The Federal Reserve has shown signs that it will leave interest rates where they are as the economy recovers from the pandemic. After that, it will most likely raise rates to head off overinflation. The Fed will have to raise rates in all areas of the economy to keep inflation low, not just real estate.
Artificially inflated values create bubbles, and lack of inventory is what is driving home values higher. This situation is not likely to change any time soon. no matter what happens with interest rates. That’s one of the reasons economists answer NO to the question “Is the housing market going to crash?”
5. Underwriting is super tight.
The current market cycle is distinguished by extremely tight underwriting. That means buyers have to be able to afford what they’re buying. When the housing market crashed in 2008, lenders were handing out loans to almost anyone who could sign on the dotted line.
This led to homeowners in over their heads and unable to pay their mortgages. Foreclosures and loss of financial security followed. Mortgage requirements are a lot stricter today, and reckless lending isn’t driving the market. Instead it’s real supply and demand.
The new FICO 10 credit scoring model is expected to increase the scores of 40 million Americans and decrease the scores of some 40 million others, according to a CBS News report. The reason: FICO 10 factors in personal loans. It also looks at borrowers’ accounts and payments over an extended period of time. This offers a better view of credit history.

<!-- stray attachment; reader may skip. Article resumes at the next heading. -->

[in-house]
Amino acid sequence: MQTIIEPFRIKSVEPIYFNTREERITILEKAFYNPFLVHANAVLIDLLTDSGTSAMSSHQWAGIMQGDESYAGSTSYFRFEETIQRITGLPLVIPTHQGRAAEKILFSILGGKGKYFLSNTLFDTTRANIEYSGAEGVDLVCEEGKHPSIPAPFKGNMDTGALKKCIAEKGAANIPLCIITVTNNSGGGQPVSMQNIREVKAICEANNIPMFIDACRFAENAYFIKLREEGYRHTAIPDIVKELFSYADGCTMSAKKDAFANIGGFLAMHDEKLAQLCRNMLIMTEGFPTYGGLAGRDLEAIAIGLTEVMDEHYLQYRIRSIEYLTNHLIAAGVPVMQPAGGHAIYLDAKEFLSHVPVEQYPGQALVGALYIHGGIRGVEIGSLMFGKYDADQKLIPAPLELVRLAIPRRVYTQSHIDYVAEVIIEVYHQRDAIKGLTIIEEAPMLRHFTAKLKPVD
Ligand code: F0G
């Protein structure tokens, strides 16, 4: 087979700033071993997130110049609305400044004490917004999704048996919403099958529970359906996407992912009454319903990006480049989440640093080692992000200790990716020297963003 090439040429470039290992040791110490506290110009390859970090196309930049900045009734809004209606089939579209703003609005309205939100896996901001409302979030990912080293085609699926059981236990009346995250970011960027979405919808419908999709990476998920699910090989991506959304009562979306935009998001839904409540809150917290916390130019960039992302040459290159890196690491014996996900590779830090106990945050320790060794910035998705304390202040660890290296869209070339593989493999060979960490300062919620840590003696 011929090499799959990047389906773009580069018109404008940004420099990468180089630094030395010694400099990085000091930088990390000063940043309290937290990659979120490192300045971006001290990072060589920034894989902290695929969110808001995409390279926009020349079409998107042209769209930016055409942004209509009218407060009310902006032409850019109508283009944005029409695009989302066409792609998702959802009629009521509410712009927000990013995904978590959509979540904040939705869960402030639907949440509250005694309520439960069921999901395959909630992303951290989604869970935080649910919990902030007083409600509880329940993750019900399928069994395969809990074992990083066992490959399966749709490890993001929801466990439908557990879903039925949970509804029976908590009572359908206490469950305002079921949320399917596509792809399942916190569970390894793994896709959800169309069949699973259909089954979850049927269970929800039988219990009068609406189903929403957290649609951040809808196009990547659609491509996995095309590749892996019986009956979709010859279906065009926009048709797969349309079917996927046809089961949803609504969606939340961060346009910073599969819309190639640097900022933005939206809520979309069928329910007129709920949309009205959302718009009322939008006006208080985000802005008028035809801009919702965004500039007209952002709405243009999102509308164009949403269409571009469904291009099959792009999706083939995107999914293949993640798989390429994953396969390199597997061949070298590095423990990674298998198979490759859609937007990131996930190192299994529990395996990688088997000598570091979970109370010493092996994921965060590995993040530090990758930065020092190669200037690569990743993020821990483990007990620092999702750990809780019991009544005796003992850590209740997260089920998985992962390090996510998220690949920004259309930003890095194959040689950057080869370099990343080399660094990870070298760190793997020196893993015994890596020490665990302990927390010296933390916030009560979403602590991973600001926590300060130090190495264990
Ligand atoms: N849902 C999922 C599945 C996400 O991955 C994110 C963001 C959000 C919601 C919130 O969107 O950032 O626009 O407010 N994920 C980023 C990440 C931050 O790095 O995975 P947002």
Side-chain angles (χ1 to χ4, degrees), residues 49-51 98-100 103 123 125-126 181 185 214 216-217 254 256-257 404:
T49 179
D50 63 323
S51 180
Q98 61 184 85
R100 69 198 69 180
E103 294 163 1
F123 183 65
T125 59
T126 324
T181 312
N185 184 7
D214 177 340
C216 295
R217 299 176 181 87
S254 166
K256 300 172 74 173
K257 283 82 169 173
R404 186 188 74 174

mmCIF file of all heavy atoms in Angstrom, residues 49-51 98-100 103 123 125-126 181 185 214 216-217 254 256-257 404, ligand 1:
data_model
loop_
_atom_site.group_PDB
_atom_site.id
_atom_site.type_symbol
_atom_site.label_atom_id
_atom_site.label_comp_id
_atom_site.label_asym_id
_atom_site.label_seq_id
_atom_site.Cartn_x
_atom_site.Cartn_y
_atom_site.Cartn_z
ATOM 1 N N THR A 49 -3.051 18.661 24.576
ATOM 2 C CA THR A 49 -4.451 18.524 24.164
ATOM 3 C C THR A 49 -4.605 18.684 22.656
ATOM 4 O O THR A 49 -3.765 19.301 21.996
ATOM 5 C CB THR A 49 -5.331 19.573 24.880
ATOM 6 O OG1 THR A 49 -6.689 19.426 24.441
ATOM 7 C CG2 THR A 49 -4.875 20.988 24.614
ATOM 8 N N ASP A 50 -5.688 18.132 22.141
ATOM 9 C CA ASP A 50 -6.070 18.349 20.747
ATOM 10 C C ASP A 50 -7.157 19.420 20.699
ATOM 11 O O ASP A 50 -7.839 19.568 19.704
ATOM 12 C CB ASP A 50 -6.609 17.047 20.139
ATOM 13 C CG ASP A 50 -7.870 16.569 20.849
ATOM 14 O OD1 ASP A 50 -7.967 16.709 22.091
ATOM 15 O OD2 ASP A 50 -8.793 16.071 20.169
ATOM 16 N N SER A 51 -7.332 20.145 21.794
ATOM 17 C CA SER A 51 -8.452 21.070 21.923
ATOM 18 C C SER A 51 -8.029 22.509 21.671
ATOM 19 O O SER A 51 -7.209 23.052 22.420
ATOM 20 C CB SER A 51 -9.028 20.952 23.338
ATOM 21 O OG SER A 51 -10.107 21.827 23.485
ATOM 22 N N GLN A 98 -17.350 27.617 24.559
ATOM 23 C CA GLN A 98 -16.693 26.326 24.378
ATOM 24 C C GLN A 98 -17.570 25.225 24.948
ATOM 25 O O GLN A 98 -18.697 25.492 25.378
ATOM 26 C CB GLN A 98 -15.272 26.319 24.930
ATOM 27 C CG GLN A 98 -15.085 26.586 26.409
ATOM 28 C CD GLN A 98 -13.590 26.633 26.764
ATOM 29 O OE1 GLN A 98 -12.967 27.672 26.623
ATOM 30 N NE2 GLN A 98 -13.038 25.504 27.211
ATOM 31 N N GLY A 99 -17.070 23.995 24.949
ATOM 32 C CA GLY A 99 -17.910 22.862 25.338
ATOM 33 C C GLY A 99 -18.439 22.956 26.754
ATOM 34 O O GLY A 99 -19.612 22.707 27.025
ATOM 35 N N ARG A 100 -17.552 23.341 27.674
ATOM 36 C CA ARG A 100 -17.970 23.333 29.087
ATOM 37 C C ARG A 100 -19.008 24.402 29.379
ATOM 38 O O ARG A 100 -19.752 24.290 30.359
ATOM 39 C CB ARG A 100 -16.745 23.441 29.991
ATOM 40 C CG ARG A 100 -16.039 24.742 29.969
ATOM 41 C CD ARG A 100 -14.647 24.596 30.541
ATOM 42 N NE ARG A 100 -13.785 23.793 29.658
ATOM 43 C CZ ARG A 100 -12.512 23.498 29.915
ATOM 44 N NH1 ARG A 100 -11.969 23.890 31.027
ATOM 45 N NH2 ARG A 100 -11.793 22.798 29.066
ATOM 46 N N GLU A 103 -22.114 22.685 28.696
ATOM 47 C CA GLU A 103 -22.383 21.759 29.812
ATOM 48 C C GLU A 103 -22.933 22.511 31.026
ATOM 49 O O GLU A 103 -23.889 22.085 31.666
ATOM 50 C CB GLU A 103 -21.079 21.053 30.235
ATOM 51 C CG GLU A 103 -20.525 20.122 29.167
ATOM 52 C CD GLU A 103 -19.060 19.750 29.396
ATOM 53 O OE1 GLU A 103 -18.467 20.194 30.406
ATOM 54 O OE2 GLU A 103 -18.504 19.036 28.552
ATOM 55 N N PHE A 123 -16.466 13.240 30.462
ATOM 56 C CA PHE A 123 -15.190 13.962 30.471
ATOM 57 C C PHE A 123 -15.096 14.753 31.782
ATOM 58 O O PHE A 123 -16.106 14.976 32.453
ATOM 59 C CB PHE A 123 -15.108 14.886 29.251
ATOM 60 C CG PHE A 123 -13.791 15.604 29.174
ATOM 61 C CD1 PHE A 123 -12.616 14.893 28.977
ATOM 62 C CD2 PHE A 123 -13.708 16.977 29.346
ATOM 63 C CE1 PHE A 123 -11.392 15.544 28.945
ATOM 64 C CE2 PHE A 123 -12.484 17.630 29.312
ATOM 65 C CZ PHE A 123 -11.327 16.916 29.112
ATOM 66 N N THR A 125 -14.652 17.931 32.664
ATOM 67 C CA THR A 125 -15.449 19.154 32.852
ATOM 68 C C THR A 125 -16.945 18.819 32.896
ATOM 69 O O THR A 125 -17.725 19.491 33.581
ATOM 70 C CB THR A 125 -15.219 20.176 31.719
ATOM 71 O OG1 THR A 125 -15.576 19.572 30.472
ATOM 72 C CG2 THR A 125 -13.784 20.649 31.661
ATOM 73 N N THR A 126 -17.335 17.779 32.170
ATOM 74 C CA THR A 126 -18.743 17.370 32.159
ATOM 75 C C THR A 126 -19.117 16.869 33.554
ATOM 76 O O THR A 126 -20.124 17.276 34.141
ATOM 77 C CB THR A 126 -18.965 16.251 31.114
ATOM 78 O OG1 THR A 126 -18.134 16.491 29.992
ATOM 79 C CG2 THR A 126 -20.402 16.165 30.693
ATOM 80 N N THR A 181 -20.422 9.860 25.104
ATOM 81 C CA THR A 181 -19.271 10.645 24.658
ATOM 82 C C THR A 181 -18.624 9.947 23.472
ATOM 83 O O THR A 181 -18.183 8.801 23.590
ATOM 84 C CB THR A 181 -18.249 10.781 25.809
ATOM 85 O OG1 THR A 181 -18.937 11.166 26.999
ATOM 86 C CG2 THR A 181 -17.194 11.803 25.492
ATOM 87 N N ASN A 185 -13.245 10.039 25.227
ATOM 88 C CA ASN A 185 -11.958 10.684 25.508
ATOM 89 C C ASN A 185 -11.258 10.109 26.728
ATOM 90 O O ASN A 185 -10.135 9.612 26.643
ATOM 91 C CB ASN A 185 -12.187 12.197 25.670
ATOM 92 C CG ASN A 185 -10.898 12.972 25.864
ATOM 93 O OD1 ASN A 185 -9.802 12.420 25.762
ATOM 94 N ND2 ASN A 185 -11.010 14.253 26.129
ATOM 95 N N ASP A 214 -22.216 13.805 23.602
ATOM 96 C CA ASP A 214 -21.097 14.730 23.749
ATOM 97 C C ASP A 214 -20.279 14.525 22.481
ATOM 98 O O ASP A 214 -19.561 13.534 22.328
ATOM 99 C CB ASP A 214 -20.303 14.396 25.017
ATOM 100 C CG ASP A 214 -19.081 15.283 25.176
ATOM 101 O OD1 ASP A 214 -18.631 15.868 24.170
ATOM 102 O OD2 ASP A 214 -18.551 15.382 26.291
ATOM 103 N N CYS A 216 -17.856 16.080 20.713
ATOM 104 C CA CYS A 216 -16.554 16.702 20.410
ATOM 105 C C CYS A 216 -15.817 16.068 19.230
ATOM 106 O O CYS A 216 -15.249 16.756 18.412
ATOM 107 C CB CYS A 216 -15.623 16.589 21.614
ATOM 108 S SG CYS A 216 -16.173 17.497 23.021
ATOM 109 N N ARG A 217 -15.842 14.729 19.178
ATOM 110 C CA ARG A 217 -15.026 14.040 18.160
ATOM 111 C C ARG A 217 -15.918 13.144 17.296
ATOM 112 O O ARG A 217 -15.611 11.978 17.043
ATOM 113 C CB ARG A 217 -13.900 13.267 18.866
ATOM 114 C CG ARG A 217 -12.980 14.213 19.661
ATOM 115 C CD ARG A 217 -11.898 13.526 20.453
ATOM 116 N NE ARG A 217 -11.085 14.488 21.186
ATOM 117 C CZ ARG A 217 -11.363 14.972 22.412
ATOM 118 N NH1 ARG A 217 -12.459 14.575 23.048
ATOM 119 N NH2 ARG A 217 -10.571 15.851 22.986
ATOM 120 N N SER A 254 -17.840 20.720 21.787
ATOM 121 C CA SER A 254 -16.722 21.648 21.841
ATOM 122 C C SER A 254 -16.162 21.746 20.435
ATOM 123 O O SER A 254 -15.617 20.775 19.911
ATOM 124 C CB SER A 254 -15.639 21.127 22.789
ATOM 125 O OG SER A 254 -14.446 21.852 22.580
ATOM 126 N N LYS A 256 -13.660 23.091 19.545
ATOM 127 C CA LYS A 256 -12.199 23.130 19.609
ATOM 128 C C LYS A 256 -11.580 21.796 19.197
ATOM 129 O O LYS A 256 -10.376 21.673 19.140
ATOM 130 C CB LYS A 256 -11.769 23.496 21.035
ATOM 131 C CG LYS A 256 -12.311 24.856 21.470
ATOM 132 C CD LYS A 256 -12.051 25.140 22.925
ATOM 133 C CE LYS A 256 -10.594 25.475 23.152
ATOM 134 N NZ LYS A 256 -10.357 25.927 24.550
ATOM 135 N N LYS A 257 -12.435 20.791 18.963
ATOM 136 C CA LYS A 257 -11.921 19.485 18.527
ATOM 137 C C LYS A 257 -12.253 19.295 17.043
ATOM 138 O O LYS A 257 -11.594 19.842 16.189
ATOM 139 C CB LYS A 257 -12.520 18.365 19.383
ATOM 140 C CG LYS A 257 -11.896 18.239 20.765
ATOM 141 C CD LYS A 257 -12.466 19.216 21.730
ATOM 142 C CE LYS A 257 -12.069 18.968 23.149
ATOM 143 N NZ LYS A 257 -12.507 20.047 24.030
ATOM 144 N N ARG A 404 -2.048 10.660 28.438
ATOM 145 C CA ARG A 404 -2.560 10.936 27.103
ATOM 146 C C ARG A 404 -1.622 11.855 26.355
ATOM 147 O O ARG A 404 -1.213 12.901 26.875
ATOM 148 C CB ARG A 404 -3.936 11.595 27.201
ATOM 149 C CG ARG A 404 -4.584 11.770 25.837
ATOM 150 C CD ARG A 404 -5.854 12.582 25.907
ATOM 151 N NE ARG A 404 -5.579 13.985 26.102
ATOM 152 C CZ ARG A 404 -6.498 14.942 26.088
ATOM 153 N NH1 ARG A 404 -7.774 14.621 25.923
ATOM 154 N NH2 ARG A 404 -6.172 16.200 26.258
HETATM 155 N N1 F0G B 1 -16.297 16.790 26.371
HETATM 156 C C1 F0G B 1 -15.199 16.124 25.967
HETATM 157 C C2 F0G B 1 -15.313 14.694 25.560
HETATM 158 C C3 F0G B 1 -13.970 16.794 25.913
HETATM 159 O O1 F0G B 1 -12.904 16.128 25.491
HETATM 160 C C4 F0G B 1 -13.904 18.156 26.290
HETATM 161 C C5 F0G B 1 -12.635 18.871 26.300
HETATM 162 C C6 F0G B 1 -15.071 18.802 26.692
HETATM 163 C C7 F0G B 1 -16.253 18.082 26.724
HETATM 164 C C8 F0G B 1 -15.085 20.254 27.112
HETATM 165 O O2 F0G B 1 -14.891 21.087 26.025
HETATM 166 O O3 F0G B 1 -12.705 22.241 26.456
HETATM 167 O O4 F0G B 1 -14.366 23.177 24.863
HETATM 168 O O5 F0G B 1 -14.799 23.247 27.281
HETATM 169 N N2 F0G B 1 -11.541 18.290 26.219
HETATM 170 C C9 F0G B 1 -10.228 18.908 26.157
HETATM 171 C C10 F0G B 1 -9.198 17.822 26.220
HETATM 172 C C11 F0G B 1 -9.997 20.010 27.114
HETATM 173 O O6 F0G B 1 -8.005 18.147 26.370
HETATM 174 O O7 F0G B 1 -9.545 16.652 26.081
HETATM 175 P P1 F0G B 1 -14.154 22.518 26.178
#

6. There are signs the market is slowing down, which is not the same thing as a housing market crash.
A certain amount of buyer fatigue seems to be setting in as prices continue to climb. Even the most enthusiastic buyers have limits on what they’re willing to pay. Losing out time after time to buyers who are offering sellers all cash or big down payments gets discouraging for buyers in the market for the first time.
The Utah housing market is a good example of why a housing market crash is unlikely.
Although Salt Lake County’s median home prices have jumped 28% in the last year (up from $430,000 to $550,000), according to the Salt Lake Board of Realtors, the number of home sales has plummeted. In the third quarter of 2021, 18% fewer homes across the Wasatch Front sold. This is a good indication the market is stabilizing, making a housing market crash remote.
Although Realtors are still seeing multiple offers on homes, the numbers are going down. Prices are still increasing, and inventory is low, however.
Why is a good home appraisal more important than ever?
Sellers have to put price tags on their homes. This can be challenging any time, but it’s especially challenging in today’s market. You walk a fine line between valuing your home too high and too low. If you value it higher than market value, you’ll get fewer offers, and the sale may fall through. If you value your property too low, you’ll get plenty of offers, but you’ll also leave money on the table.
On the buyer’s side, unless you’re paying all cash, you’ll need a mortgage. In order to get one, almost any lender is going to require an appraisal. Lenders aren’t going to risk loaning you more than the home is worth, and losing money in the event you default.
When you need to know the true value of your real estate, you need a licensed, certified, and experienced appraiser who knows the Utah market and will give you an unbiased opinion of value. ExcelAppraise has been a leading provider of residential and commercial real estate valuations for the last 14 years.
Give us a call today at 1-801-882-2292 to request a free quote!